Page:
Not exactly music to my ears knowing that the morning’s hike upwards was now going to be done in the wet.
Nancy, our guide on the trail, somewhat assured us during a surprisingly hearty breakfast that we’d leave the wet weather behind us as soon as we climbed out of the forested region, reaching more exposed alpine country at a higher altitude.
Speaking of altitude, it was the hot topic of conversation around the brekky table in the tent this morning as we all fuelled up for the day. A few people, Ali and Sara for example, were already feeling the effects of how high we were while for others, like me, we were just eager to tackle today’s hike to see if slogging our way up to the highest point on the trail was going to have any major effect on us.
Having spent the best part of the last week at altitude already, I was feeling pretty acclimatised (not that I had any point of reference), and it was with a spring in my step that I set off with the group, full of enthusiasm.
As we huffed and puffed our way towards the sky, our band of ever-amazing porters who broke down camp in seemingly record time began to pass us along the trail with relative ease, pushing onto our next rest stop. I don’t think any pictures I take of these little blokes do any justice to the “height/weight to load” ratio that is put on display as they breeze by. Truly amazing.
With around an hour of hiking behind us, Nancy pulled us all together into a clearing off the trail to take us through a traditional offering ceremony made to “Pachamama” or “Mother Earth”. The brief ceremony involved making an offering of coca leaves to the goddess in the hope that she will protect us in our journey down into Machu Picchu. Happy to oblige if it meant she was going to keep the rain away from us for the rest of the day.
I guess I’d better explain the image above, eh? During our brief rest/snack time in the clearing, Rob decided it was the perfect time to break out a rather unique balaclava he picked up in the markets in Cuzco. I think he believed it elevated him to God-like status up there with “Pachamama”… or something… Haha!
The next section of the trail, while pretty steep, took us through some of the most beautiful country we had the pleasure to journey through today. A rocky path ran parallel with a fast flowing stream for quite a distance leading us into another section of dense forest, which eventually spat us out into a large alpine valley.
This dramatic change in vegetation signalled the start of the final tough climb up to “Warmiwañusca”, more commonly known as “Dead Woman’s Pass” at 4,198m or (13,769 ft). Remember, Australia’s highest peak, Mount Kosciusko, is at 2,228m (7,310 ft), so it should come as no surprise that it was about now that the altitude started to chew away at my lungs…
My “Footprint” guide to Peru, Bolivia and Equador isn’t kidding when it suggests that, “The feeling of relief on reaching the top is immense.” I have to be honest, it was a REAL good feeling as the cool cloud vapour raced through the pass cooling us down.
As we waited for the rest of our group to complete the killer final climb, we had the opportunity to sit down alongside some of our porters who were quite rightly taking a well-deserved breather of their own.
Plenty of photos were taken alongside the post marker giving evidence to our achievement, and Sam and the younger girls also found excuse to reach for their oxygen canisters, sucking down a few good sized breaths of pure O2.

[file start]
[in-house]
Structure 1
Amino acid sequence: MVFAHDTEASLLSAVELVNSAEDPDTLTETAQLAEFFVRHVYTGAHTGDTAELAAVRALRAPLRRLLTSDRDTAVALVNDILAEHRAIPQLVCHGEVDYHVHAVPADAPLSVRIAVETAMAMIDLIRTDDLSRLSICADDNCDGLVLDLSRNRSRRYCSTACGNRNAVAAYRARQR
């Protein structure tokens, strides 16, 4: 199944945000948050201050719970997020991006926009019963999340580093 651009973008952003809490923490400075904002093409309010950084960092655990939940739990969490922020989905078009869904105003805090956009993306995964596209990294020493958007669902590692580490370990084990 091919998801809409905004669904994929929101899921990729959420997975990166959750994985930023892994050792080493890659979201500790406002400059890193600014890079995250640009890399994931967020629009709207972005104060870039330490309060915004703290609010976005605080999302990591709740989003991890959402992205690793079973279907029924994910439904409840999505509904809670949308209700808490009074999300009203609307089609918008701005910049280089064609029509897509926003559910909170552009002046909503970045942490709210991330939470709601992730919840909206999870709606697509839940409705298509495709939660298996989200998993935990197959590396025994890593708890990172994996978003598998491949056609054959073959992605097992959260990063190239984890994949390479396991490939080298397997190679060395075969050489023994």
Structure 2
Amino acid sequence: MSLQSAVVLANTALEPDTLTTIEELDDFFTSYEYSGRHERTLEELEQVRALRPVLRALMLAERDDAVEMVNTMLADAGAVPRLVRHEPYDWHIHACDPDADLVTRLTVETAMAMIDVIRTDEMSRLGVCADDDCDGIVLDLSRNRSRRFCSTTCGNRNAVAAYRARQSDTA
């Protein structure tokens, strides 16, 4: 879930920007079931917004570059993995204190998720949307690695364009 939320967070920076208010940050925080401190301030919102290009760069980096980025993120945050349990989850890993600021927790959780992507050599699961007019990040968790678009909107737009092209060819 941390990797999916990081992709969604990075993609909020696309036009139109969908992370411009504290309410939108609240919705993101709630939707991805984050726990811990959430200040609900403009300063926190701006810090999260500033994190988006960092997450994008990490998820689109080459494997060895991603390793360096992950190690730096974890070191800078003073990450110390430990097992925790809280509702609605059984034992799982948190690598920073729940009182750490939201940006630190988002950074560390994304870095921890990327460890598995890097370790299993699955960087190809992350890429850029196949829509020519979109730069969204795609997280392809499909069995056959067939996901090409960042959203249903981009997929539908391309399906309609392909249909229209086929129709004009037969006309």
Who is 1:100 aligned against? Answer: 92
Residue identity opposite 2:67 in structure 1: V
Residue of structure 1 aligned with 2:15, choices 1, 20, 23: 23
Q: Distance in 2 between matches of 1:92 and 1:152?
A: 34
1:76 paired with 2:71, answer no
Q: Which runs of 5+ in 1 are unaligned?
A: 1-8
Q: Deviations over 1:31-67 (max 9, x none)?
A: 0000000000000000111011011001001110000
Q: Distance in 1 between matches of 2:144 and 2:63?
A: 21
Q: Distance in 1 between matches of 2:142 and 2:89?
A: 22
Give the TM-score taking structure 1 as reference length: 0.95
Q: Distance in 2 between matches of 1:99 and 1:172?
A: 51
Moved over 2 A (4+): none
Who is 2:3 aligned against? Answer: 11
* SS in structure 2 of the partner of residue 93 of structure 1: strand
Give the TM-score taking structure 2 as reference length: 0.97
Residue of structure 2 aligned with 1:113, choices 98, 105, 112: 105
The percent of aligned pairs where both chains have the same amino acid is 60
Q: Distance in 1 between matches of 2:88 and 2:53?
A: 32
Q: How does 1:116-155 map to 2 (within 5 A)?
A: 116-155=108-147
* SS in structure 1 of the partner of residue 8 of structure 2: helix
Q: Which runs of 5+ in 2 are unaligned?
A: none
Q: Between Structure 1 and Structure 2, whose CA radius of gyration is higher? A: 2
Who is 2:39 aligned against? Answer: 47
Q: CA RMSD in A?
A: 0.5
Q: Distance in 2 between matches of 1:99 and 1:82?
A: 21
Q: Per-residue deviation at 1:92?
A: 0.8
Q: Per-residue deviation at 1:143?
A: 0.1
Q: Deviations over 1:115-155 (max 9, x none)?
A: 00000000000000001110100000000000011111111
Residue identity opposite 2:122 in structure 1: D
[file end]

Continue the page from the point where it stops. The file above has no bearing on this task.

With everyone topside (big congrats to Ali and Sara (the back markers) for making it to the top of the pass in really good time), we got the mandatory group shot out of the way before turning our attention to the tricky downward trek over damp ground into the incredibly picturesque “Pacamayo Valley” where we found our campsite for the night.
Unbelievably, our camp was perfectly set up all ready for our arrival, yet again. Our well-drilled and obviously super experienced porters sure don’t miss a beat. Dishes of warm water, presumably taken from the nearby alpine stream and heated, were delivered to our tents for a rough bathing, before we had a little time pre-dinner to explore the camp.
Coming together once everyone had freshened up and rested a little, we had the awesome opportunity to learn a little more about our porters and chefs, with Nancy introducing them one-by-one. The smiles on these super-human Peruvians were infectious and helped alleviate some of the aches and pains that were creeping into limbs after a tough day’s climbing.
With dinner being served, I seized the chance to don Rob’s balaclava for a photo opportunity. I mean, you gotta do it, right?
A yummy dinner followed which was wolfed down by one and all while we all shared stories about our individual struggles throughout the day making it up to Dead Woman’s Pass and beyond.
With the dinner plates all but licked clean and removed from the tent, Rob, who celebrated his birthday today, was presented with one hell of a birthday cake! How the heck our chefs managed to whip a professionally dressed cake together, just like my buddy Chad did in the remote wilds of the Yukon a couple of years back, is beyond me. I wasn’t about to stand around and ponder the achievement, however.
As soon as Rob’s face had been ceremonially pushed into the icing, we all received a decent-sized slice which was subsequently consumed with much greedy gratitude. To close out the night of fun, the ever trusty deck of cards was produced once again and a number of rowdy card games broke out and were enjoyed by a group of us – Johnny, Anna, Simon, Atholl, Helen, Rob, Lou, Ali, Sara, Leonie and Florian.
All cake and carded out, it was back on with the head lamps for a quick last trip to the loos for the night before heading back to our tents and snuggling in for a good night’s sleep!
Posted in: Travel